Unfortunately, parents often unintentionally add to this stress by allowing themselves to become consumed with the whole process – or on the other end of the scale by being too laid back which may come across as not caring. What’s needed here is a balance and realistic expectations.

When the WACE exams are just around the corner all parents can do is to support their children, reinforce our confidence in them and make it very clear that we do not think they are defined by their exam results.

Calmness

o   Easier said than done..... however parents have the ability to create a calm environment in which to study which include being comfortable, well lit and quiet. If possible don’t arrange ‘playdates’ for younger (or older siblings) during this couple of weeks pre and during exams.

 

Perspective

o   It is exceptionally important that we reiterate with our children that we will love them no matter what and that unexpected exam results will not change that. There are many many ways in which they can achieve their goals and WACE exams are only one of those ways.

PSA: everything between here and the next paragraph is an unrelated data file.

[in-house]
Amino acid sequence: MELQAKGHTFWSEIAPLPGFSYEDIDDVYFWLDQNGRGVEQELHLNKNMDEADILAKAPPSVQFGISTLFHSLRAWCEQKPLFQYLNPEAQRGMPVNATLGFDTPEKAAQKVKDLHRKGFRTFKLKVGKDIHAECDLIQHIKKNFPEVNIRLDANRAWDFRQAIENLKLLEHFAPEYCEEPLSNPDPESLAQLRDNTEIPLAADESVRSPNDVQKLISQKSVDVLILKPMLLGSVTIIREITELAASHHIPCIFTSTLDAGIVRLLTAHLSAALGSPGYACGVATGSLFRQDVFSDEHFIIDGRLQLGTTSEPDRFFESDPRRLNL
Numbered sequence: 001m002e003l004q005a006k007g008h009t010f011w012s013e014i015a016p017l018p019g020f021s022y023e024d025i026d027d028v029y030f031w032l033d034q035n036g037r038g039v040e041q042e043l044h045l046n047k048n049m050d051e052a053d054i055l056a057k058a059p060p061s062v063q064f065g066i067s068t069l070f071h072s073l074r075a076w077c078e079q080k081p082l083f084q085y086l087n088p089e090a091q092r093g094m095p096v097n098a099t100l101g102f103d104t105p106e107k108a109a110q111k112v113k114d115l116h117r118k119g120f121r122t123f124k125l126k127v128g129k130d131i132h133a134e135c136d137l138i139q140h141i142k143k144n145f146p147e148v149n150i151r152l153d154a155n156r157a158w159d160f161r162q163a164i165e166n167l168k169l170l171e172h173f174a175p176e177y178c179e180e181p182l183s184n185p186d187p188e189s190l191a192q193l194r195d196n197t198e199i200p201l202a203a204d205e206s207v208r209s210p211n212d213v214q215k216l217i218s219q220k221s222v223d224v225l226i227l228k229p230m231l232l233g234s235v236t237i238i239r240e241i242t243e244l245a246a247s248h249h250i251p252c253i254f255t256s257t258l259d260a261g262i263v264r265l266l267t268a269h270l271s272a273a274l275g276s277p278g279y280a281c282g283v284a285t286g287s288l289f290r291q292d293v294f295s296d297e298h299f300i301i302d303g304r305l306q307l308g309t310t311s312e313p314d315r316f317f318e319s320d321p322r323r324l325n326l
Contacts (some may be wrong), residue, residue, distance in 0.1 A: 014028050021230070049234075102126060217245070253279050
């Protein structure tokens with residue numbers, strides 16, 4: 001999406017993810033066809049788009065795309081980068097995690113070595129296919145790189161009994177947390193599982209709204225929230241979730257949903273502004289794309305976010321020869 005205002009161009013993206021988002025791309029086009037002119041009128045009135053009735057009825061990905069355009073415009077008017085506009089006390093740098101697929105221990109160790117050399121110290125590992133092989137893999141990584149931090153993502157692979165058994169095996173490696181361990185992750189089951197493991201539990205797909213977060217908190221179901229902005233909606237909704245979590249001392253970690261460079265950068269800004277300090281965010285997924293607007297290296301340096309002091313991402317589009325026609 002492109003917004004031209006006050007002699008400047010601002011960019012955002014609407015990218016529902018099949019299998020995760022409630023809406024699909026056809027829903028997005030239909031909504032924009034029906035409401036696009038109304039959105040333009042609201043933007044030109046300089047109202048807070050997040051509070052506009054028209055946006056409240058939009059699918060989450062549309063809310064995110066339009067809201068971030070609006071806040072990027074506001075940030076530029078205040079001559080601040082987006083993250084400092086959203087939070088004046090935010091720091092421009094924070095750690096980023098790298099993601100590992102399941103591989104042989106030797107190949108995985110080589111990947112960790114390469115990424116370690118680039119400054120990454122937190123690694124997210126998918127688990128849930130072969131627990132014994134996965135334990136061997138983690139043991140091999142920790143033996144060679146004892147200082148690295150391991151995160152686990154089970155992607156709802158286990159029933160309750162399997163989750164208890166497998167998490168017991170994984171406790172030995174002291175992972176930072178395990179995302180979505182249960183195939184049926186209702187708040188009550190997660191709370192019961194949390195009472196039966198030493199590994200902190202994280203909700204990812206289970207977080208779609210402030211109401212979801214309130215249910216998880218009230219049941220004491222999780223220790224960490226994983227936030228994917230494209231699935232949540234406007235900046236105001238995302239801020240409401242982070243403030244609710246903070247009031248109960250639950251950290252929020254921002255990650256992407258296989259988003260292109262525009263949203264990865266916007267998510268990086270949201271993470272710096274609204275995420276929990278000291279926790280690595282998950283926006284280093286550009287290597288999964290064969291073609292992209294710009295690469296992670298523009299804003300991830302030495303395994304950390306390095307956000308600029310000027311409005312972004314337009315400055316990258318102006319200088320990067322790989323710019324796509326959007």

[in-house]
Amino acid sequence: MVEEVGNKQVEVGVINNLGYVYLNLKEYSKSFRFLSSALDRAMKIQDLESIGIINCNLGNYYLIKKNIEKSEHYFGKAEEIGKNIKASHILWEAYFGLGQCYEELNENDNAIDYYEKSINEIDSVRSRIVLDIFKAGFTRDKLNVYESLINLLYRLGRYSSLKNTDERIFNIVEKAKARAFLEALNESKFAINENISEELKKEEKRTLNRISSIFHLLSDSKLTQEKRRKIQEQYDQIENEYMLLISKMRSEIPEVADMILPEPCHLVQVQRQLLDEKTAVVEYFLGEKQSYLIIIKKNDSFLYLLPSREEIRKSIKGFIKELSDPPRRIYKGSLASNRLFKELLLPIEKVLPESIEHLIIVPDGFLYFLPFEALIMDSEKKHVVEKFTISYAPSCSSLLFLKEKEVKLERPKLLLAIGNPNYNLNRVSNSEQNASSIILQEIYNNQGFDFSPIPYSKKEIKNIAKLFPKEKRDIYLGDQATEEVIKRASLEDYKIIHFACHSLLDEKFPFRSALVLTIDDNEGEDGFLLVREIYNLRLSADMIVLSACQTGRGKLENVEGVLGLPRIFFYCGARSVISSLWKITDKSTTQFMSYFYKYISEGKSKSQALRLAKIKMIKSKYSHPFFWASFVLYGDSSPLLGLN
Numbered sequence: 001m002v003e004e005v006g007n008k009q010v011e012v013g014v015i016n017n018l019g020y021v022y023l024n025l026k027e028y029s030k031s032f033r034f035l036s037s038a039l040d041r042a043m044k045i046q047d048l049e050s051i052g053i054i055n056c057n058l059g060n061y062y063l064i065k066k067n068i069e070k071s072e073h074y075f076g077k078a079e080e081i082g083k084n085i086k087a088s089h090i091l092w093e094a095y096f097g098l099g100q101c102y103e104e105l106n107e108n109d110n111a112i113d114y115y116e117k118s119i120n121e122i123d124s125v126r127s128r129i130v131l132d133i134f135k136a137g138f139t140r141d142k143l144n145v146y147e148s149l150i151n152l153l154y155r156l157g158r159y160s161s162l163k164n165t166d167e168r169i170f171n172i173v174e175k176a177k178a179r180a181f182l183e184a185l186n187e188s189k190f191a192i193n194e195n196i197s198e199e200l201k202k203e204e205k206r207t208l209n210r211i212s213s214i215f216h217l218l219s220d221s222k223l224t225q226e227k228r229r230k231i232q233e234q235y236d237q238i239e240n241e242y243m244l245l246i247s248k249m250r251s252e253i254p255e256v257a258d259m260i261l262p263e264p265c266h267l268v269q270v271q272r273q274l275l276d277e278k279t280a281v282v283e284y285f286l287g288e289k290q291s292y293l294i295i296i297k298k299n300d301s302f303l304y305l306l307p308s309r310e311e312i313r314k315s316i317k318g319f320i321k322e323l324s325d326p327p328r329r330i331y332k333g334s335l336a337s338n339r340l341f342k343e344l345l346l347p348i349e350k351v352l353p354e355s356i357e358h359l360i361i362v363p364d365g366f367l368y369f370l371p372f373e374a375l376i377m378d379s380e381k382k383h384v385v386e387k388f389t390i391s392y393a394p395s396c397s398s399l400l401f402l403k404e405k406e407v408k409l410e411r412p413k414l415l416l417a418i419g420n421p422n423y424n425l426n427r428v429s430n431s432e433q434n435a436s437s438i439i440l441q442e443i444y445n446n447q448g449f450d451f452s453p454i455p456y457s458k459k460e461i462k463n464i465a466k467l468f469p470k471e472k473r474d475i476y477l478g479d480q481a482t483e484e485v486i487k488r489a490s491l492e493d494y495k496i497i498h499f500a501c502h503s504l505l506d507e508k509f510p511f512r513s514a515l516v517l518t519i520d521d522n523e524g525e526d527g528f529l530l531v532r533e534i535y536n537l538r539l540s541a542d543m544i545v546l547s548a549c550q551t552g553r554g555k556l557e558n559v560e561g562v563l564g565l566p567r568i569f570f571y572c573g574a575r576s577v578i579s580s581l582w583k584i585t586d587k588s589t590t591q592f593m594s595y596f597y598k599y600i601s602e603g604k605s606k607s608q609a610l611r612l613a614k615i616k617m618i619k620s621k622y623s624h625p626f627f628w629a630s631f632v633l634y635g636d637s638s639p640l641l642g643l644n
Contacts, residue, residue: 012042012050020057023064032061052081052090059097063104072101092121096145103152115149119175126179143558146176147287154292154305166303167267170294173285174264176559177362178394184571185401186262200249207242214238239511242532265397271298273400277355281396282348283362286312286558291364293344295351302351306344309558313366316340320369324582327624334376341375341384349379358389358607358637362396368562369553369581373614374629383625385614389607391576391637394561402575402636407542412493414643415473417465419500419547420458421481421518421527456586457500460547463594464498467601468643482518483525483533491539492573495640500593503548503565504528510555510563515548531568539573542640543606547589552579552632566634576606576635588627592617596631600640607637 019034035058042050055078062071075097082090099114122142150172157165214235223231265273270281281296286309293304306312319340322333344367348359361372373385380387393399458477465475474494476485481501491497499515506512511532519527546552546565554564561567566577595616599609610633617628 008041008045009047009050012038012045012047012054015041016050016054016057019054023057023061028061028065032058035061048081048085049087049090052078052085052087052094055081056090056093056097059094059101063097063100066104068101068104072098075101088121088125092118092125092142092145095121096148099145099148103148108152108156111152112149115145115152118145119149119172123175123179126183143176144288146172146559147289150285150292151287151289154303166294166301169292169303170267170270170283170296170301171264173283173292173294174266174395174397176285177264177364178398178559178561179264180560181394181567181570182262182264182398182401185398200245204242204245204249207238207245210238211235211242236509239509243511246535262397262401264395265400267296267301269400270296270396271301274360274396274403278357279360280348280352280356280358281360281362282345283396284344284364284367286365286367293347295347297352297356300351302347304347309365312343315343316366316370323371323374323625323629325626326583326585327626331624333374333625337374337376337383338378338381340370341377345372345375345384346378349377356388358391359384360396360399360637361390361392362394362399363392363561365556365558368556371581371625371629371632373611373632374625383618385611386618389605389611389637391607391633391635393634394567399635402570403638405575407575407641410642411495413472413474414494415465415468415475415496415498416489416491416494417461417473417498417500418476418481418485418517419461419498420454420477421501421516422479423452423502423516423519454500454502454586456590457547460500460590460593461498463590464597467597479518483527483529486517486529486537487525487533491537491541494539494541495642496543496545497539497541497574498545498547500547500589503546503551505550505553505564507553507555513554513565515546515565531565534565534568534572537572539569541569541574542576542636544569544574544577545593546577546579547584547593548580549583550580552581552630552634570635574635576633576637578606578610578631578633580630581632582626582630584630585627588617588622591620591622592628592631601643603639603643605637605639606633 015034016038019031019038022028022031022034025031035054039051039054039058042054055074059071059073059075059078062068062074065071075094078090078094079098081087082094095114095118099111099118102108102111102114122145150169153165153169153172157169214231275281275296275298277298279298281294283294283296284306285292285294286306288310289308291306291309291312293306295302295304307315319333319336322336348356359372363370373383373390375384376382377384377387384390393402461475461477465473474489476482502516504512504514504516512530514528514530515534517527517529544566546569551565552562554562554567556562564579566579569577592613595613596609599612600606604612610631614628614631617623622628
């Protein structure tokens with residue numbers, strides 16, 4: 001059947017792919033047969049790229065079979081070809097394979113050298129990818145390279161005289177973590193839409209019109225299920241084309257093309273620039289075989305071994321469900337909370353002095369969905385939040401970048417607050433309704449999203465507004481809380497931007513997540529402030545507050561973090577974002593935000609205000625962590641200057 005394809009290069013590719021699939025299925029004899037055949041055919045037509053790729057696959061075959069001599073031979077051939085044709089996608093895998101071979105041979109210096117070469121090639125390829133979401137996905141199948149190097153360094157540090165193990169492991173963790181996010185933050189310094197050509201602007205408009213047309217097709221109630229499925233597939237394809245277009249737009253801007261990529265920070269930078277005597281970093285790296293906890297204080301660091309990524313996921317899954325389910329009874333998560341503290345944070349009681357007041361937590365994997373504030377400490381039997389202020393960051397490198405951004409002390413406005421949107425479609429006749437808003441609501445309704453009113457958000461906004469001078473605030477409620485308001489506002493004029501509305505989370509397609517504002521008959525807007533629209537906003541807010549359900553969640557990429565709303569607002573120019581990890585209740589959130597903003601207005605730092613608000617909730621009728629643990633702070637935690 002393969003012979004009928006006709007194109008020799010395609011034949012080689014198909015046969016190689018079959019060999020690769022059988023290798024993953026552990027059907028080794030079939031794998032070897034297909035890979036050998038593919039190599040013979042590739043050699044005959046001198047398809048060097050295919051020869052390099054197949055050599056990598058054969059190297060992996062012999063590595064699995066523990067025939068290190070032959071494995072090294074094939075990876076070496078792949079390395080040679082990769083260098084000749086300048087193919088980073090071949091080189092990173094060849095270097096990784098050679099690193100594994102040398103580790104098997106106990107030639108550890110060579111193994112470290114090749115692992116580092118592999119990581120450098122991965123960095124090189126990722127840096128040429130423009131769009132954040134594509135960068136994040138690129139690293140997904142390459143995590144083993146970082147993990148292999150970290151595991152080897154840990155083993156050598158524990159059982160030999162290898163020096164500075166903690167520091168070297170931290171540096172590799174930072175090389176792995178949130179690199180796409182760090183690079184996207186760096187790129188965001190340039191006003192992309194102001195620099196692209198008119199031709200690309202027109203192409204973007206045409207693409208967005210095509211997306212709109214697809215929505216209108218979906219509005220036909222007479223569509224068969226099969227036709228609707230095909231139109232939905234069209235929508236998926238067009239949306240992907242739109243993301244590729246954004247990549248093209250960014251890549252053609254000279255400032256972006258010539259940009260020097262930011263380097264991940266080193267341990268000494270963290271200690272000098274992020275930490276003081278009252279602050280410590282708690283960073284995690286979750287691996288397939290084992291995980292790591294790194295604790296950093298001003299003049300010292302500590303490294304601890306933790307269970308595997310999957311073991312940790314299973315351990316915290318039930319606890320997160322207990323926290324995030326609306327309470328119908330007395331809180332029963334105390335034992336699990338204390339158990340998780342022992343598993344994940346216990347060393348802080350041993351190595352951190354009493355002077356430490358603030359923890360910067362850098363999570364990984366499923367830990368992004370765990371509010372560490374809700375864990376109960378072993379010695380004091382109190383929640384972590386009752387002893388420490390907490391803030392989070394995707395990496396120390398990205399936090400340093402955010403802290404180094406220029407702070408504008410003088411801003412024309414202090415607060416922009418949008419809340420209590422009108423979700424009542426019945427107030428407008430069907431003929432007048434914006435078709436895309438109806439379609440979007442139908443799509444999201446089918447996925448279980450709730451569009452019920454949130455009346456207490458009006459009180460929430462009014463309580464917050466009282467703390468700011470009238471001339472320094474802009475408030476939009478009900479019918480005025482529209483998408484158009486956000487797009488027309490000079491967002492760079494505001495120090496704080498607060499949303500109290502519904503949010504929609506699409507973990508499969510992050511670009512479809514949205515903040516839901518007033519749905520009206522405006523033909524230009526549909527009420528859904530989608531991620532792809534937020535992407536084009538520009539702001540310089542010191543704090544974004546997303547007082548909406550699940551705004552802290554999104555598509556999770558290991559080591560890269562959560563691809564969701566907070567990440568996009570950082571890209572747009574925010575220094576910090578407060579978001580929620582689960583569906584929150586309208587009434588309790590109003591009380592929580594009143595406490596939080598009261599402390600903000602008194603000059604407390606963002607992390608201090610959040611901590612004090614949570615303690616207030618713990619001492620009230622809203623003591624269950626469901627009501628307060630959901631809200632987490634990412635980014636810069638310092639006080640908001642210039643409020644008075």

Routine

o   Keeping to a normal routine is important for both parents and children. Parents who take time off work to ‘be there’ can actually add to the anxiety by placing an added layer of angst. As for your child, he/she will still enjoy the bus-trip home from school, catching up with friends and taking their mind of studying for a short period.

o   Having said all this, parents being available to provide some additional practical support at this time such as a lift somewhere or a comforting word will do no harm.

o   It is also a good idea to encourage your child to continue to attend school until exam time. They may use excuses like ‘it’s easier to study at home’ but realistically they are probably better to be at school where they will have the support network of their peers and teachers.

 

Venting

o   As is common with most most people who experience periodic times of stress, your child will be more likely to let off steam by venting on those closest to them, often their parents. This should not be taken personally so try to be the parent who walks away, takes a deep breath and lets it slide. It will all be over sooner than you think!